Robert Spangler, Lisa Haralampus, Ken Hawkins and Kevin DeVorsey described challenges that the National Archives and Records Administration has faced in controlling and providing access to large bodies of email. Concluding that traditional records management practices are not sufficient to task, NARA has developed the Capstone approach, seeking to identify and preserve particular accounts that must be preserved as a record series, and is currently revising its transfer guidance. Later in the meeting, Mark Conrad described the particular challenge of preserving email from the Executive Office of the President, highlighting the point that “scale matters”–a theme that resonated across the board.
The whole account approach that NARA advocates meshes well with activities described by other presenters. For example, Kelly Eubank from North Carolina State Archives and the EMCAP project discussed the need for software tools to ingest and process email records while Linda Reib from the Arizona State Library noted that the PeDALS Project is seeking to continue their work, focusing on account-level preservation of key state government accounts.
Ricc Ferrante and Lynda Schmitz Fuhrig from the Smithsonian Institution Archives discussed the CERP project which produced, in conjunction with the EMCAP project, an XML schema for email objects among its deliverables. Kate Murray from the Library of Congress reviewed the new email and related calendaring formats on the Sustainability of Digital Formats website.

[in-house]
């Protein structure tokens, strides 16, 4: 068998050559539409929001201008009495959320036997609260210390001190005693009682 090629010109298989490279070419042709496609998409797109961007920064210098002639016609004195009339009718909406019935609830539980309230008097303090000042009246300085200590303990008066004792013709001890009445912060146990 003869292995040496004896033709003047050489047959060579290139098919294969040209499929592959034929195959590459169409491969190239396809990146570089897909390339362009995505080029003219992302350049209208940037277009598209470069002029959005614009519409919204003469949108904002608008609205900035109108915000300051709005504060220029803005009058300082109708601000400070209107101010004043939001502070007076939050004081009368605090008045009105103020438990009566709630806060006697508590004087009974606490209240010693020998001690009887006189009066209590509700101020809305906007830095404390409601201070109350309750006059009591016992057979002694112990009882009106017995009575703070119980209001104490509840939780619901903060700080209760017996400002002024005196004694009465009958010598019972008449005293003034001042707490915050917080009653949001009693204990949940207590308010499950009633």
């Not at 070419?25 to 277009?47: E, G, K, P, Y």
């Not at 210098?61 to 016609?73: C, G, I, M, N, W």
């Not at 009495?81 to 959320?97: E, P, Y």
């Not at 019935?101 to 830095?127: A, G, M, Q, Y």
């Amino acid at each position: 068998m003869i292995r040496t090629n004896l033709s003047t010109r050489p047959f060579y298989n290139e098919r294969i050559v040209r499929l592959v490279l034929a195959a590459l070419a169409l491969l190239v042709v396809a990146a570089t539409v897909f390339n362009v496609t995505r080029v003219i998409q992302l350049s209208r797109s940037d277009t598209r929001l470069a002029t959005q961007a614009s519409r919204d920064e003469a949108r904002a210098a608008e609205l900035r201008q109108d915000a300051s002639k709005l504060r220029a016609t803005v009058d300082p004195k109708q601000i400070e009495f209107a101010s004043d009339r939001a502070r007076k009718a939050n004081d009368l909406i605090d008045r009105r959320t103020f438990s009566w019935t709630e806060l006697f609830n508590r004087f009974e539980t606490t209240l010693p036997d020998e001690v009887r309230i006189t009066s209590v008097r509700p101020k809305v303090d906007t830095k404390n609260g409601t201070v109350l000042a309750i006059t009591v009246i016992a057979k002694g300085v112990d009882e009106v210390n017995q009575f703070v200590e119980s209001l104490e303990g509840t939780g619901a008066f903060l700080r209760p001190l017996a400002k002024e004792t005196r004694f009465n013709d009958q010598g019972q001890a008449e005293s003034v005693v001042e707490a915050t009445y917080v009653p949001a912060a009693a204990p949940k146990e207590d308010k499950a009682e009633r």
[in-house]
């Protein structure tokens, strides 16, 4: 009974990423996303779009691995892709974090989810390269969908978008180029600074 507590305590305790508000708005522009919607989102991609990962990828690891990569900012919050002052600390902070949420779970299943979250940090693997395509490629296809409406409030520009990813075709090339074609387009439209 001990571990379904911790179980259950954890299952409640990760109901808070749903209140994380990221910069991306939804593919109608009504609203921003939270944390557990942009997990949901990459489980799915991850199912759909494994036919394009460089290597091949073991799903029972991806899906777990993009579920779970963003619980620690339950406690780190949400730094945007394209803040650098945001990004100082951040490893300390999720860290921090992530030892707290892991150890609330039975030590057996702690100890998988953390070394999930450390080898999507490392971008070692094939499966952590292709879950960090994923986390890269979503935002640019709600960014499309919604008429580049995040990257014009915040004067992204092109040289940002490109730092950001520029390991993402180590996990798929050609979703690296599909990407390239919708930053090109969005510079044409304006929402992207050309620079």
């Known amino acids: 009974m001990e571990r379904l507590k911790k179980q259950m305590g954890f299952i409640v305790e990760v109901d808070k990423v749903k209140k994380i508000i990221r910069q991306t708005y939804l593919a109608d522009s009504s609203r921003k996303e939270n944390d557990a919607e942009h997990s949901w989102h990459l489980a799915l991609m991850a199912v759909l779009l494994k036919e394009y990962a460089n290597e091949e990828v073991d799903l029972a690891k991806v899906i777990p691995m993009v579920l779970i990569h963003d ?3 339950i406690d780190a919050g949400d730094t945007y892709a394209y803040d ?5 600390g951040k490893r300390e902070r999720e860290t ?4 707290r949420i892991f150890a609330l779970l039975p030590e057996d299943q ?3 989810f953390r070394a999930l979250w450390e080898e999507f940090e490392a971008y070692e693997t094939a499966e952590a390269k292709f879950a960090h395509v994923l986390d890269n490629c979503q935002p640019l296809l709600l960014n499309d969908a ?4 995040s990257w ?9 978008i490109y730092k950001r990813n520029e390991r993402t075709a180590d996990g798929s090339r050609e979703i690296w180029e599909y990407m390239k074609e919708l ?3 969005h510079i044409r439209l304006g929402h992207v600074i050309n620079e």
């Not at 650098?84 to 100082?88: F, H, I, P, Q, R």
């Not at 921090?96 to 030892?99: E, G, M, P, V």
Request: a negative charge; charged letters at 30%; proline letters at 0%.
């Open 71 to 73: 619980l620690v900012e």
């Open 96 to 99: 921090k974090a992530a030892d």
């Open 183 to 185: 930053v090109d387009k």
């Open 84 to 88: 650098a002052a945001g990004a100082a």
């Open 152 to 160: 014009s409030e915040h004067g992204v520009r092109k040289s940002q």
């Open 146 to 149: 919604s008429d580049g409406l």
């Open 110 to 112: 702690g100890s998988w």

Harvard University was up next. Andrea Goethels and Wendy Gogel shared information about Harvard’s Electronic Archiving Service. EAS includes tools for normalizing email from an account into EML format (conforming to the Internet Engineering Task Force RFC 2822), then packaging it for deposit into Harvard’s digital repository.
One of the most exciting presentations was provided by Peter Chan and Glynn Edwards from Stanford University. With generous funding from the National Historical Publications and Records Commission, as well as some internal support, the ePADD Project (“Email: Process, Appraise, Discover, Deliver”) is using natural language processing and entity extraction tools to build an application that will allow archivists and records creators to review email, then process it for search, display and retrieval. Best of all, the web-based application will include a built-in discovery interface and users will be able to define a lexicon and to provide visual representations of the results. Many participants in the meeting commented that the ePADD tools may provided a meaningful focus for additional collaborations. A beta version is due out next spring.
In the discussion that followed the informal presentations, several presenters congratulated the Harvard team on a slide Wendy Gogel shared, comparing the functions provided by various tools and services (reproduced above).
As is apparent from even a cursory glance at the chart, repositories are doing wonderful work—and much yet remains.
Collaboration is the way forward. At the end of the discussion, participants agreed to take three specific steps to drive email preservation initiatives to the next level: (1) providing tool demo sessions; (2) developing use cases; and (3) working together.
The bottom line: I’m more hopeful about the ability of the digital preservation community to develop an effective approach toward email preservation than I have been in years. Stay tuned for future developments!